I grew up a country boy in the piney woods of Texas, but clawed my way into the city as quickly as I could. I never wanted a pair of cowboy boots when I was a kid. I much preferred a pair of Airwalks or Vans I could skateboard with. But after all of the years trying to leave my country roots behind, I noticed a part of my rural upbringing that's never left me…
I’ve always loved fishing.
Whether I was at the pond down the street with a handful of worms I’d dug up under a log or hanging out with my Papaw in a little crappie shack at Lake Tawakoni, fishing was always a part of my life.
I took it for granted that I grew up in a pretty cool environment. Back when I was a kid growing up, I was a bit more of what they would call a “free range kid” today. Right out my front door I could bike to the lake, hike through the woods, fish the pond, or I could stay inside and play Nintendo. I liked them all the same.
As an adult, I kind of got away from fishing once I moved away and went to college. I was much more interested in playing guitar and hanging out with friends, but as most things seem to do, it’s come full circle in my life.
This last year, I’ve fully embraced my roots and have been spending an awful lot of time fishing (and even hunting). But this time around, I’ve traded in the spinning rod with an earthworm for a fly rod and a woolly bugger.
My wife and I spent the majority of last summer in the mountains and it flipped a switch in my brain. We started out on the East coast and traveled through Long Island, Maine, New Hampshire, and Vermont. Witnessing all of these gorgeous rivers and streams dotting the countryside made me think about how cool it would be to fish them, but I didn’t know a thing about fly fishing.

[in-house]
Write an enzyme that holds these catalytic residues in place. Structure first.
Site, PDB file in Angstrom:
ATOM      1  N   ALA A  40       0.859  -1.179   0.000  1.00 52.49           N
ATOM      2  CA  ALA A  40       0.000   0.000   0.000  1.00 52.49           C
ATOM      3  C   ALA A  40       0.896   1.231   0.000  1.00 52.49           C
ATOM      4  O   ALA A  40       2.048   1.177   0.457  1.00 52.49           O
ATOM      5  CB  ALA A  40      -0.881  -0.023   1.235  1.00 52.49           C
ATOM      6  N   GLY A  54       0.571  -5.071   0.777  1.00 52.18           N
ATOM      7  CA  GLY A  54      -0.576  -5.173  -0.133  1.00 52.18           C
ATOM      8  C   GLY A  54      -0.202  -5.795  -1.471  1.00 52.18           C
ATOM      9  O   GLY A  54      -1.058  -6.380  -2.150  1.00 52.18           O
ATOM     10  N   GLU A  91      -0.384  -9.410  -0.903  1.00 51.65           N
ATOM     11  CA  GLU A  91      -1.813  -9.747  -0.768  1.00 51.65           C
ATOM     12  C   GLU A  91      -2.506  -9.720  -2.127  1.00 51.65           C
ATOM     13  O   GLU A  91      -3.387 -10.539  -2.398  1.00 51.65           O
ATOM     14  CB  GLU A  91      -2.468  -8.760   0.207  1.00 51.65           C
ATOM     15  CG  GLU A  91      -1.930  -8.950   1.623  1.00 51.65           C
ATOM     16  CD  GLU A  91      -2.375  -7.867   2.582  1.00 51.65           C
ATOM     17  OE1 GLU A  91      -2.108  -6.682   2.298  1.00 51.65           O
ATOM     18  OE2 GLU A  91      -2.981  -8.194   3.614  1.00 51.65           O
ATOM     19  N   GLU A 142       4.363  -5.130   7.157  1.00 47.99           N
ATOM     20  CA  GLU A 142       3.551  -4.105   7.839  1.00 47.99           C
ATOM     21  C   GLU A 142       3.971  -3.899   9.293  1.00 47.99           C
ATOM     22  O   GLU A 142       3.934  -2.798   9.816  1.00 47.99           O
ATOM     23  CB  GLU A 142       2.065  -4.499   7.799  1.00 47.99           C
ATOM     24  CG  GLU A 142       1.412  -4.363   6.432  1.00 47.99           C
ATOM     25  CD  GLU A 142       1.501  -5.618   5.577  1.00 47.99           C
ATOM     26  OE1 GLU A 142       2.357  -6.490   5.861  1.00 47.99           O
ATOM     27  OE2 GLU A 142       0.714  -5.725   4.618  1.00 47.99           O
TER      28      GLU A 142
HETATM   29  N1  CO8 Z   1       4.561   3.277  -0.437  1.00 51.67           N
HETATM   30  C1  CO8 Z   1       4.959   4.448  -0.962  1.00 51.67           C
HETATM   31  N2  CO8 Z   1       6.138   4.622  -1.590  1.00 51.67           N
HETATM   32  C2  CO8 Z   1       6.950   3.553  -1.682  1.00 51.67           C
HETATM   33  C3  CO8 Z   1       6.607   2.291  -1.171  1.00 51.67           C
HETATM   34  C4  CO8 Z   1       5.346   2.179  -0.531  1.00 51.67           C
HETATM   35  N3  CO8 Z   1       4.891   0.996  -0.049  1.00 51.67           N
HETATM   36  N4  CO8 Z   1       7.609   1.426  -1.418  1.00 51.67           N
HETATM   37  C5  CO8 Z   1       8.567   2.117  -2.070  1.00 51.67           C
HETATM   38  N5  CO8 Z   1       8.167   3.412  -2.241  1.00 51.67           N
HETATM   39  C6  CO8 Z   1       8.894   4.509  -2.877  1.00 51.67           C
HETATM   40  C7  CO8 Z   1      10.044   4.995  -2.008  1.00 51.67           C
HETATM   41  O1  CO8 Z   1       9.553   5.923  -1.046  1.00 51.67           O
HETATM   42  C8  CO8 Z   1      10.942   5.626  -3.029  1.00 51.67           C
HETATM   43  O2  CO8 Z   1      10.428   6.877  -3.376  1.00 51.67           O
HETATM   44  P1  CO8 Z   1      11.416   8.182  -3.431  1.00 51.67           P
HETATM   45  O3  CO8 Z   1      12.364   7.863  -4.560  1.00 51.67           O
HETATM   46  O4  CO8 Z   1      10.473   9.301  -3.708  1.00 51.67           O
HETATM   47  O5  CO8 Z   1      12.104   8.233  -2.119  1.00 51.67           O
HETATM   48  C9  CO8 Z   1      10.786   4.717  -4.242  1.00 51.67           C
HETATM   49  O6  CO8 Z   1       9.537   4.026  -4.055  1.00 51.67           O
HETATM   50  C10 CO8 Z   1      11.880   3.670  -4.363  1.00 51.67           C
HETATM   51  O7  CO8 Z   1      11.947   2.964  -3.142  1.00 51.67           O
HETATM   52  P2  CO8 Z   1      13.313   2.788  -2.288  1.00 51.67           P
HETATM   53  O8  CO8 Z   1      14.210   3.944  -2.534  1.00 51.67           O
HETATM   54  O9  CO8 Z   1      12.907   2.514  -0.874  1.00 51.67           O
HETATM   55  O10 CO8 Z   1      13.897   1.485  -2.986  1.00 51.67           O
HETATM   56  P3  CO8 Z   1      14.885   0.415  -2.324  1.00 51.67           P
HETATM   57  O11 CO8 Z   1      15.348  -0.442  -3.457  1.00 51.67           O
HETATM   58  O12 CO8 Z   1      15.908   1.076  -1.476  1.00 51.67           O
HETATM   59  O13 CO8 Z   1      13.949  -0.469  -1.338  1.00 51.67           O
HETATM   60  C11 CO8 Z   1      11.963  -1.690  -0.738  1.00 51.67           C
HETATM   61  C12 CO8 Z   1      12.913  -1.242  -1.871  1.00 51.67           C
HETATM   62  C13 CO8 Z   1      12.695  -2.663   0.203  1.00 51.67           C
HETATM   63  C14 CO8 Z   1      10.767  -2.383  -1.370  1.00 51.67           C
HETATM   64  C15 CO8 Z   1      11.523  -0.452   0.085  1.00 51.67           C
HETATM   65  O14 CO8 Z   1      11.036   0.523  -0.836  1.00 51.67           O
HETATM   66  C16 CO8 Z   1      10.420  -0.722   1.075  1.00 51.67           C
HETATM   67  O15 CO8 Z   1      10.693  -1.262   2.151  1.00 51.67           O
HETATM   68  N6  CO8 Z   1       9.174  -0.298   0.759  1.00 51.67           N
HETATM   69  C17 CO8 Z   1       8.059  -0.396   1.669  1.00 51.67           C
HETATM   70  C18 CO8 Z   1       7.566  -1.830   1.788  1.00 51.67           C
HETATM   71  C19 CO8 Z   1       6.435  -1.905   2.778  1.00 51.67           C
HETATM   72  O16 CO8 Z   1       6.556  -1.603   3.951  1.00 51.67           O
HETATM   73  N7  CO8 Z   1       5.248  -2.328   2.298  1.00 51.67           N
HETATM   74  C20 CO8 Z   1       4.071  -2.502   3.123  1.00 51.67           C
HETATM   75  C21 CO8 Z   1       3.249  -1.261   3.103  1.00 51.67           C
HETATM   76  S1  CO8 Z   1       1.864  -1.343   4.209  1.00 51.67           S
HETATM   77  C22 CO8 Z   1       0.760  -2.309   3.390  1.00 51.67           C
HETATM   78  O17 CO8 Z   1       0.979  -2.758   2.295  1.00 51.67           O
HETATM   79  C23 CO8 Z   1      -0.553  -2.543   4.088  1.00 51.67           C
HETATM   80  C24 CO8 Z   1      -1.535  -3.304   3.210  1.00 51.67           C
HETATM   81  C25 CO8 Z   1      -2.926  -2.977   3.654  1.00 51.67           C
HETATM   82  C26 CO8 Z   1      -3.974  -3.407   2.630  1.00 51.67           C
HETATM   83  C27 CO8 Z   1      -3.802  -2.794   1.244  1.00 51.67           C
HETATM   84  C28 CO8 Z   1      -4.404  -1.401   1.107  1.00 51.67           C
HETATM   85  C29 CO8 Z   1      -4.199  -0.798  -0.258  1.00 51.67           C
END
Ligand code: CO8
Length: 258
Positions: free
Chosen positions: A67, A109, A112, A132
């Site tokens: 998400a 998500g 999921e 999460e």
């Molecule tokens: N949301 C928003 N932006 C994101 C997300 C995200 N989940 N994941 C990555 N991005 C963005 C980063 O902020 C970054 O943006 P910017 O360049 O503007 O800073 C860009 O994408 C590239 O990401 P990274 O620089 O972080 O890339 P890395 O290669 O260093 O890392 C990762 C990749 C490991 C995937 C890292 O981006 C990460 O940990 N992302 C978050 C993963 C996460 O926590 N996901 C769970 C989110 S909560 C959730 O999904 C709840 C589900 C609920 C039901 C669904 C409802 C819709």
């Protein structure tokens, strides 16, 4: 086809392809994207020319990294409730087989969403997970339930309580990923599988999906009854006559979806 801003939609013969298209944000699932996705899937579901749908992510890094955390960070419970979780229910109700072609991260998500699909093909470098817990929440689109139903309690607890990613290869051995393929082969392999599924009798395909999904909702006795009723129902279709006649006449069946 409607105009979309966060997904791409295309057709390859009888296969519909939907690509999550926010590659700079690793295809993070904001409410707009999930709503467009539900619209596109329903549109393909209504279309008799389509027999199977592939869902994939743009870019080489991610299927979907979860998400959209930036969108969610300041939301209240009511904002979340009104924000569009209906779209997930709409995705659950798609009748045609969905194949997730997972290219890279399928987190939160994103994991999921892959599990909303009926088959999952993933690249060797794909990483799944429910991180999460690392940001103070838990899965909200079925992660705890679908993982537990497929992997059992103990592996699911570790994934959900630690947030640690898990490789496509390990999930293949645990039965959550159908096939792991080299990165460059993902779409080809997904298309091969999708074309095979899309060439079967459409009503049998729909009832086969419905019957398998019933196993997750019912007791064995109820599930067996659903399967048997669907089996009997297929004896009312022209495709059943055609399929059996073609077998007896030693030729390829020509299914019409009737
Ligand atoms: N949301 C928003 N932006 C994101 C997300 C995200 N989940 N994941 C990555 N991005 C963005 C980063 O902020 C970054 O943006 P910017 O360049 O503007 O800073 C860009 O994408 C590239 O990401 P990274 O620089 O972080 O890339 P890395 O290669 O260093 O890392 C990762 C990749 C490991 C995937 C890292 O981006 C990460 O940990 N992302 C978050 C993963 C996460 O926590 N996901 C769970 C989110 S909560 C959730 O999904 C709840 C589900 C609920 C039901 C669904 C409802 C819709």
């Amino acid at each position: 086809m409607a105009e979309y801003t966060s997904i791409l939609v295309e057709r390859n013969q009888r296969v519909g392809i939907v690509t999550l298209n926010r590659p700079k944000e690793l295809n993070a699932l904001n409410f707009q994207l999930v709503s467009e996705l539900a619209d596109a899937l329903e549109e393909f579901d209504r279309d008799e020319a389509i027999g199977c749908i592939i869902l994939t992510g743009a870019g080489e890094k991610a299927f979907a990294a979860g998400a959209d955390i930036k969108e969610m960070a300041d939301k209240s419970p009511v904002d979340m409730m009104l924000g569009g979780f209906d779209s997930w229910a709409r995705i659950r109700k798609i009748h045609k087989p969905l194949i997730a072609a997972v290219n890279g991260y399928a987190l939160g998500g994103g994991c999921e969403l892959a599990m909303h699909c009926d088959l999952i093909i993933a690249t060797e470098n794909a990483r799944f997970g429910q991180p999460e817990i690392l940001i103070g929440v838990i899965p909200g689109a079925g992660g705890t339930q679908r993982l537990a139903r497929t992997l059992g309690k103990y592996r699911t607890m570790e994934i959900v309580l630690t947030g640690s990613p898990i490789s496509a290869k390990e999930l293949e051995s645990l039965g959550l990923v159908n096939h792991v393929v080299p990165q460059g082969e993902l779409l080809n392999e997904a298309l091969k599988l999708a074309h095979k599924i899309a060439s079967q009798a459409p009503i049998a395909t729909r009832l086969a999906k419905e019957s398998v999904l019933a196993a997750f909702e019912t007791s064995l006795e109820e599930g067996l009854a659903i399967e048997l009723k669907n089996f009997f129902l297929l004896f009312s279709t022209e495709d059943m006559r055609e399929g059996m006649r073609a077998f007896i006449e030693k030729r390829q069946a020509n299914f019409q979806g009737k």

But once we crossed the country and ended up in Durango, Colorado… all bets were off.
Little did I know, but we had chosen to stay in one of the fly fishing mecas of the US. At the time, I was hiking with my dog just about every day or rock climbing at the crags any chance I got. I started to notice fly fishermen hiking high up in the mountains to (I suspect) chase brook trout. Whenever I saw this, something clicked and I knew I had to figure out how to start doing this myself.
My first step was going into the Duranglers fly shop and asking around a bit. Everyone there was super helpful and they pointed me in the right direction. They helped me figure out what I needed for the best beginner fishing fly kit and gave suggestions for what would work back in Texas.
I had a good idea of what I needed and what to think about. I just needed to find the time.
See, last summer I was much more focused on rock climbing and hiking with my dog and wanted to spend as much time doing that as possible when I wasn’t working.
So, I decided that when I got back to Austin, I’d pick up a cheap fly rod and make sure this is really something I wanted to do. Turns out, as soon as I caught my first fish, I was hooked. I’ve been fishing at least a couple of times a week since then and I’m getting ready to make the drive back up to Durango to finish the summer out in the mountains.
This time around, I’m kitted out and ready to go. I’ve started dialing in my casting, and I’ve been practicing on Guadalupe bass and rio grande cichlids in preparation for the brook trout, rainbows, and browns around Durango.
I had a taste of trout fishing on the Guadalupe early this year, but I was just a noob trying to learn my way in the world. I scared more fish than I’d like to admit and most of the stockers weren’t a fan of my presentation. This time around I’m ready to try to unlock the code and learn as much as possible about trout in the mountains.
Wish me luck.
- John Brookbow